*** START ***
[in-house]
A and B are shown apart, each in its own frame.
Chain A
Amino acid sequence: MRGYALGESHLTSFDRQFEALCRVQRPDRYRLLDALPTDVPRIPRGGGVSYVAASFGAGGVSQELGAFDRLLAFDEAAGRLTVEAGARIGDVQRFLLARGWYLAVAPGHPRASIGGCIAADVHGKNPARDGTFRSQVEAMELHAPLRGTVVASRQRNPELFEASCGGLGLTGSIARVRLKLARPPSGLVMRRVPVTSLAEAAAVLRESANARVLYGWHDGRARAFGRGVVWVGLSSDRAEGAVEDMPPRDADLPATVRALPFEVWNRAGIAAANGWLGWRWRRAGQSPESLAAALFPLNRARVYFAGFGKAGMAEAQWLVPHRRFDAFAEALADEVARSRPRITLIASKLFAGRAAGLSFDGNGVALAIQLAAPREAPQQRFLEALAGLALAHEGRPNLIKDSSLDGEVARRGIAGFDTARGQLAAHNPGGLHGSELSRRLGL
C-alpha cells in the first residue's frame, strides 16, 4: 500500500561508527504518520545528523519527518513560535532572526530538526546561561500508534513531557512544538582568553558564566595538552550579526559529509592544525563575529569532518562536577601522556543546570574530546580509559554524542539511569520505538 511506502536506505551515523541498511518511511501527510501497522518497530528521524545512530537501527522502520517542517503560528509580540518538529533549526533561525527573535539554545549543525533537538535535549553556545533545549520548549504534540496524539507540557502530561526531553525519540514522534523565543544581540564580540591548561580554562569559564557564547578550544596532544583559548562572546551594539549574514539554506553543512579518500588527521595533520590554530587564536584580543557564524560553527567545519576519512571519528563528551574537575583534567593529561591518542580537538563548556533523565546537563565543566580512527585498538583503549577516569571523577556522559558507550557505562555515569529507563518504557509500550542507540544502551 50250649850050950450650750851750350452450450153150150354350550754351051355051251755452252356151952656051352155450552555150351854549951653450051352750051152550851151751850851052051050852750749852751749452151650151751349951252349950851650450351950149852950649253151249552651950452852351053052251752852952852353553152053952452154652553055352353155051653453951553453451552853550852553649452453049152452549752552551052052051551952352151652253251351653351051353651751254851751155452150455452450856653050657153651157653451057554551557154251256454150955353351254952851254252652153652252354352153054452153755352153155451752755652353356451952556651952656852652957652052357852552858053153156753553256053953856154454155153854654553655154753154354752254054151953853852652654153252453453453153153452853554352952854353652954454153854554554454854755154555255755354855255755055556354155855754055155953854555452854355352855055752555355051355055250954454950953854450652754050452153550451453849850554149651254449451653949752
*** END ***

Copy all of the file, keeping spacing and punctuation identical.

[in-house]
A and B are shown apart, each in its own frame.
Chain A
Amino acid sequence: MRGYALGESHLTSFDRQFEALCRVQRPDRYRLLDALPTDVPRIPRGGGVSYVAASFGAGGVSQELGAFDRLLAFDEAAGRLTVEAGARIGDVQRFLLARGWYLAVAPGHPRASIGGCIAADVHGKNPARDGTFRSQVEAMELHAPLRGTVVASRQRNPELFEASCGGLGLTGSIARVRLKLARPPSGLVMRRVPVTSLAEAAAVLRESANARVLYGWHDGRARAFGRGVVWVGLSSDRAEGAVEDMPPRDADLPATVRALPFEVWNRAGIAAANGWLGWRWRRAGQSPESLAAALFPLNRARVYFAGFGKAGMAEAQWLVPHRRFDAFAEALADEVARSRPRITLIASKLFAGRAAGLSFDGNGVALAIQLAAPREAPQQRFLEALAGLALAHEGRPNLIKDSSLDGEVARRGIAGFDTARGQLAAHNPGGLHGSELSRRLGL
C-alpha cells in the first residue's frame, strides 16, 4: 500500500561508527504518520545528523519527518513560535532572526530538526546561561500508534513531557512544538582568553558564566595538552550579526559529509592544525563575529569532518562536577601522556543546570574530546580509559554524542539511569520505538 511506502536506505551515523541498511518511511501527510501497522518497530528521524545512530537501527522502520517542517503560528509580540518538529533549526533561525527573535539554545549543525533537538535535549553556545533545549520548549504534540496524539507540557502530561526531553525519540514522534523565543544581540564580540591548561580554562569559564557564547578550544596532544583559548562572546551594539549574514539554506553543512579518500588527521595533520590554530587564536584580543557564524560553527567545519576519512571519528563528551574537575583534567593529561591518542580537538563548556533523565546537563565543566580512527585498538583503549577516569571523577556522559558507550557505562555515569529507563518504557509500550542507540544502551 50250649850050950450650750851750350452450450153150150354350550754351051355051251755452252356151952656051352155450552555150351854549951653450051352750051152550851151751850851052051050852750749852751749452151650151751349951252349950851650450351950149852950649253151249552651950452852351053052251752852952852353553152053952452154652553055352353155051653453951553453451552853550852553649452453049152452549752552551052052051551952352151652253251351653351051353651751254851751155452150455452450856653050657153651157653451057554551557154251256454150955353351254952851254252652153652252354352153054452153755352153155451752755652353356451952556651952656852652957652052357852552858053153156753553256053953856154454155153854654553655154753154354752254054151953853852652654153252453453453153153452853554352952854353652954454153854554554454854755154555255755354855255755055556354155855754055155953854555452854355352855055752555355051355055250954454950953854450652754050452153550451453849850554149651254449451653949752